• EVM: The Ethereum virtual machine is an abstract (virtual) computer defined by a common global specification.

Now that we understand the difference’s I’d like to introduce you to how I see Ethereum

Ethereum is a commodity, a fuel that powers applications that create more efficiency, and it can also be used as a store of value.

A common comparison can now be made, if Bitcoin is digital gold, Ethereum can be considered digital oil/gas. (Hell, it even has the name gas to represent the fee for each transaction or smart contract method invoke, which is then given to miners, thus it makes sense that both digital gold and gas are mineable just like their corporeal counterparts)

Blockchains that support Smart Contracts such as Ethereum are best suited as tools to replace marketplace inefficiencies. In this article, I refer to marketplaces as any setting that serve as a meeting ground between service providers and consumers, e.g. a website like Upwork that connects freelancers with business owners, or a website like Airbnb that connects home owners with travelers looking for accommodations. One inefficiency current marketplaces have is that there must exist a trusted third parties that facilitates not just the initial introduction between the two parties but also facilitates transactions in a way that’s fair for both sides.

As Decentralized Marketplaces evolve, the role of the third party facilitator is automated freeing up costs associated with operating that platform. Now what happens is that new markets will emerge that weren’t possible in the past, but with a more efficient automated marketplace the upfront costs of finding providers/consumers are lowered.

And its not only marketplaces, there are tons of 3-party systems in place today that ICO startups are looking to disrupt. A quick list would include

  • Trade Finance: 3rd party financial institution oversee credit and fair payment across importers and exporters
  • Shipment Brokerage: 3rd party insurance company oversee delivery safety and success across shippers and carriers.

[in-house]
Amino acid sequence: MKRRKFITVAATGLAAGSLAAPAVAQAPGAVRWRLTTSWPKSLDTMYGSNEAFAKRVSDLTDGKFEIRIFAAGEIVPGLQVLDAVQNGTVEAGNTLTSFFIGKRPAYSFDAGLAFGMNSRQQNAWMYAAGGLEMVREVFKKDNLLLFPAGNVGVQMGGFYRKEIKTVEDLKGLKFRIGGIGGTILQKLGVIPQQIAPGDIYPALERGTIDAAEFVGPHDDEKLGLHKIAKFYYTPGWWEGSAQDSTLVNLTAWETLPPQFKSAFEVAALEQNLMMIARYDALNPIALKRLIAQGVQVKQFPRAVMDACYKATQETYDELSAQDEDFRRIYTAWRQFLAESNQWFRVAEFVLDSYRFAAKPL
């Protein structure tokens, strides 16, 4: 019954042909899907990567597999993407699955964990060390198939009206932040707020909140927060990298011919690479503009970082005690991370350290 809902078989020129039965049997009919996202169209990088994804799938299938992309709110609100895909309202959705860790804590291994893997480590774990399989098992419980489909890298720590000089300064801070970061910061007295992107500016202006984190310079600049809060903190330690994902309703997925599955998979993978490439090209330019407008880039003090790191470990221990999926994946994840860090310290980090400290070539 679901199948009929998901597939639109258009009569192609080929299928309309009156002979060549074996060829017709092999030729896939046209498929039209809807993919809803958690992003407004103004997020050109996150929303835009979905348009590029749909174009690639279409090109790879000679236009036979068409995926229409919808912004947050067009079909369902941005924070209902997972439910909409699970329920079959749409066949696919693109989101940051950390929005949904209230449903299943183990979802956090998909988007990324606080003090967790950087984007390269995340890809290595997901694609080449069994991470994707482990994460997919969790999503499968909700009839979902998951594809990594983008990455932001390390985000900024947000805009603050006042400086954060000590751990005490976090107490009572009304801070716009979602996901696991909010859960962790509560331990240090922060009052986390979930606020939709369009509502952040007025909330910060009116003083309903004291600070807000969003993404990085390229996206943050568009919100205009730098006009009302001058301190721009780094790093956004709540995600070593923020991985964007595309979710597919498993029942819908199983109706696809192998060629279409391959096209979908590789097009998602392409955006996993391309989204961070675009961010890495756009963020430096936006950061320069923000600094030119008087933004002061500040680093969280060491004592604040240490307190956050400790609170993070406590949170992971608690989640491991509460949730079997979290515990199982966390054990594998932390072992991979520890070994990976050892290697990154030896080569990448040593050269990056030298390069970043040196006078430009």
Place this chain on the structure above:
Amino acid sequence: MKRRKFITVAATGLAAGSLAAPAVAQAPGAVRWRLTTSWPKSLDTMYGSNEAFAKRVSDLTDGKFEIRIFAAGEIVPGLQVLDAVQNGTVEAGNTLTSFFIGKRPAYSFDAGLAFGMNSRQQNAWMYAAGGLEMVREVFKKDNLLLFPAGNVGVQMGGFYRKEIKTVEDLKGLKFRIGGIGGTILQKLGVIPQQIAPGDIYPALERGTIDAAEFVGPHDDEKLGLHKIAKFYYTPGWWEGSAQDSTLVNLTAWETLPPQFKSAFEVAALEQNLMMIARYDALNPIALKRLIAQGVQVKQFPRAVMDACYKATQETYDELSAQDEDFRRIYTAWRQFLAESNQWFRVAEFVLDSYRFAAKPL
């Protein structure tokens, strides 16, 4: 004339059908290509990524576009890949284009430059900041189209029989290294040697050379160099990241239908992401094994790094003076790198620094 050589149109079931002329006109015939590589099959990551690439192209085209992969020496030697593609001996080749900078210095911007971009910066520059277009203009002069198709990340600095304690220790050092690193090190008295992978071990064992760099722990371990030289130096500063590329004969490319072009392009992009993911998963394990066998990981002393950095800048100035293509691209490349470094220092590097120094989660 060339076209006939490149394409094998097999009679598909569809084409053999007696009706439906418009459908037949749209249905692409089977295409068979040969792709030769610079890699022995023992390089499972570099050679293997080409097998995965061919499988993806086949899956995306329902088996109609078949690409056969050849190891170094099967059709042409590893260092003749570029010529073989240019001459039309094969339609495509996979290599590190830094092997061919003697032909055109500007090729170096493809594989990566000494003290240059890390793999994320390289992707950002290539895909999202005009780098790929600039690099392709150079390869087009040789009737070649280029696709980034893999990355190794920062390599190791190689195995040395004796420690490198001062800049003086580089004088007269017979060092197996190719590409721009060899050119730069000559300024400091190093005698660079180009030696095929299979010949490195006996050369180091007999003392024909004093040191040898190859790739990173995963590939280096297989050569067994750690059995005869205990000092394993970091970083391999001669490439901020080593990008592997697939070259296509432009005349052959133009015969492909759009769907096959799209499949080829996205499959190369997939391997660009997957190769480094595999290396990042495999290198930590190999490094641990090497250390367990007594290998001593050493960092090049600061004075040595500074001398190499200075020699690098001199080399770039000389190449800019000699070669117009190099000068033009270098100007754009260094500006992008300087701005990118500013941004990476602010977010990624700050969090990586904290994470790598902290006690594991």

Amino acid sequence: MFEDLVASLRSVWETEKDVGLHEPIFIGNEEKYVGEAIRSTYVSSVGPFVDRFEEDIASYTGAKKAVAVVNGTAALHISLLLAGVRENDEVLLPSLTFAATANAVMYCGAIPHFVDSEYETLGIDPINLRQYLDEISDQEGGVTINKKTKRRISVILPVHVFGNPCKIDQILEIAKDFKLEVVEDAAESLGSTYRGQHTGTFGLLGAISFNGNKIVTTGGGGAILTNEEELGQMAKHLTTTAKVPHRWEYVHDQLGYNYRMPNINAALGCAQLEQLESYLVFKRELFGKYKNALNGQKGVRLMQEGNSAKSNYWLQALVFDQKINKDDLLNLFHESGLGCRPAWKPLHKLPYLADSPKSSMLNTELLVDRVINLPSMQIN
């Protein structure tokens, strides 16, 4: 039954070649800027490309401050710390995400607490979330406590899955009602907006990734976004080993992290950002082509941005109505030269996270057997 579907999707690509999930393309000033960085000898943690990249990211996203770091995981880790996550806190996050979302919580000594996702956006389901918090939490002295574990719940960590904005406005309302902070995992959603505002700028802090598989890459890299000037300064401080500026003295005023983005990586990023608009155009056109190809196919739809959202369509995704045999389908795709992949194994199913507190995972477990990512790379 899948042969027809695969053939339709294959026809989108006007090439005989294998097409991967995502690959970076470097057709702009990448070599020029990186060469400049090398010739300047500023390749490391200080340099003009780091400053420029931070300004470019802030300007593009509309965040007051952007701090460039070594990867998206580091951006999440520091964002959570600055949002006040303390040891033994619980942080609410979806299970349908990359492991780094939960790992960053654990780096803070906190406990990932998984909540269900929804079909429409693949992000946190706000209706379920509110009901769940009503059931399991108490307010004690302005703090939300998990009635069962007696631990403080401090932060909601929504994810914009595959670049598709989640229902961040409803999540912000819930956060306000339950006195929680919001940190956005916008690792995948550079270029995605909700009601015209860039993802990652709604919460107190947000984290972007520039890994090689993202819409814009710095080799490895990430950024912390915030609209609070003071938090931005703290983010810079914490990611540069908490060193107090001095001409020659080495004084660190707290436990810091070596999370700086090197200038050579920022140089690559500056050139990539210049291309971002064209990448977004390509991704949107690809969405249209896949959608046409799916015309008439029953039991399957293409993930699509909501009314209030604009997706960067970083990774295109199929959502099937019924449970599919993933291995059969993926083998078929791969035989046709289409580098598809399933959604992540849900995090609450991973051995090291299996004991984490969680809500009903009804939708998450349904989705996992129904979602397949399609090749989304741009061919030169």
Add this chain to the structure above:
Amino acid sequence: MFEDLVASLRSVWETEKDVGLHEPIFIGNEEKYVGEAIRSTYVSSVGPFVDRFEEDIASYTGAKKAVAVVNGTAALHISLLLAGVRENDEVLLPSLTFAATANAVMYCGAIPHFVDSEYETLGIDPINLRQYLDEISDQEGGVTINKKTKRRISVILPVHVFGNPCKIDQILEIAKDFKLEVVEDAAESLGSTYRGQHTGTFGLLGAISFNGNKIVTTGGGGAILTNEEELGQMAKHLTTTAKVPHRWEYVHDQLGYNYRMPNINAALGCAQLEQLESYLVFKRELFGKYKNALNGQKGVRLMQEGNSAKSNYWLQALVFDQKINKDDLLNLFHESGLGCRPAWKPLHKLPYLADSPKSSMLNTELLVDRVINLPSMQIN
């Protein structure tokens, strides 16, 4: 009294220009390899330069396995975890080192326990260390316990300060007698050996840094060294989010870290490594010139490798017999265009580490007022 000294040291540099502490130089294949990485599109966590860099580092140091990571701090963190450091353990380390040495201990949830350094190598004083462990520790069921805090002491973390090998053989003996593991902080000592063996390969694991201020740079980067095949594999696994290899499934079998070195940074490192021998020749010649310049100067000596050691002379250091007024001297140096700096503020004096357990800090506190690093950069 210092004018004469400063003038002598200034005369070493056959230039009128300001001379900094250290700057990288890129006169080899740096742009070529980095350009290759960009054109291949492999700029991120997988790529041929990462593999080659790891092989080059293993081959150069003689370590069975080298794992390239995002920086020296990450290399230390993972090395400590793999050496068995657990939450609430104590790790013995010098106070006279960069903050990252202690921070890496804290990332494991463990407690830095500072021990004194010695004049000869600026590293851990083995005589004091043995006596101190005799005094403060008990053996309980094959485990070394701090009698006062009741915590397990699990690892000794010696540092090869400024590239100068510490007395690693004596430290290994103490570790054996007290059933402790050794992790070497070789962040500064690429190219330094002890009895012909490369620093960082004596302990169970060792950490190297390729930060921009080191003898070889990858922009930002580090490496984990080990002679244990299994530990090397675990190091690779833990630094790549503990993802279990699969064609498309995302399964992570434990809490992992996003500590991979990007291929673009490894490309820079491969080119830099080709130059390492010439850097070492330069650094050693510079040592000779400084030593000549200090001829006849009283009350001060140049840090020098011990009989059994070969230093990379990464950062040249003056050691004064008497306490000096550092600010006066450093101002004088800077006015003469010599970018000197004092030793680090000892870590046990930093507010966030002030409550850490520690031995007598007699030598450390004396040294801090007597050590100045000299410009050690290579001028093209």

• Retail Insurance: 3rd party retailers give insurance policy to everyday consumers for auto, home, rent, life. However those insurance companies themselves are actually require service from reinsurance companies (they insure the insurers) in the event that an extreme black swan event doesn’t bankrupt the retail insurer.
  • Utility: Energy companies overcharge day to day consumers on electricity to cover credit from nonpaying customers.

Extending this Methodology

So now we can give a few examples of this method in action.

Litecoin

Litecoin is a blockchain that’s very similar to Bitcoin except that a few parameters are modified to allow slightly faster transaction times and cost. We can then concldue that it’s primary functionality is to indeed be a store of value (secondary to Bitcoin).

Hyperledger Fabric

Hyperledger is a blockchain tailored for enterprise (B2B) use. It’s similar to Ethereum in that is has turing complete smart contracts. It’s difference is that there’s no concept of mining and thus there’s no tradeable currency involved. This is an important point to consider if you’re choosing the best technology for an application, many people worry about what happens if the price of Ethereum crashes, well I say what happens if the price of Ethereum skyrockets? How does one handle a 10x increase in gas cost for say a high frequency trading application?

Oracles

This cryptocurrency uses a Proof of Authority consensus algorithm. In many applications built ontop of Smart Contracts there’s no solution that can perfectly defend against malicious actors either trying to exploit individual transactions or compromise the network as a whole. Oracles recognizes the need for manual verification (as provided by a licensed Notary Public) and allows the most straightforward support for having manual validators.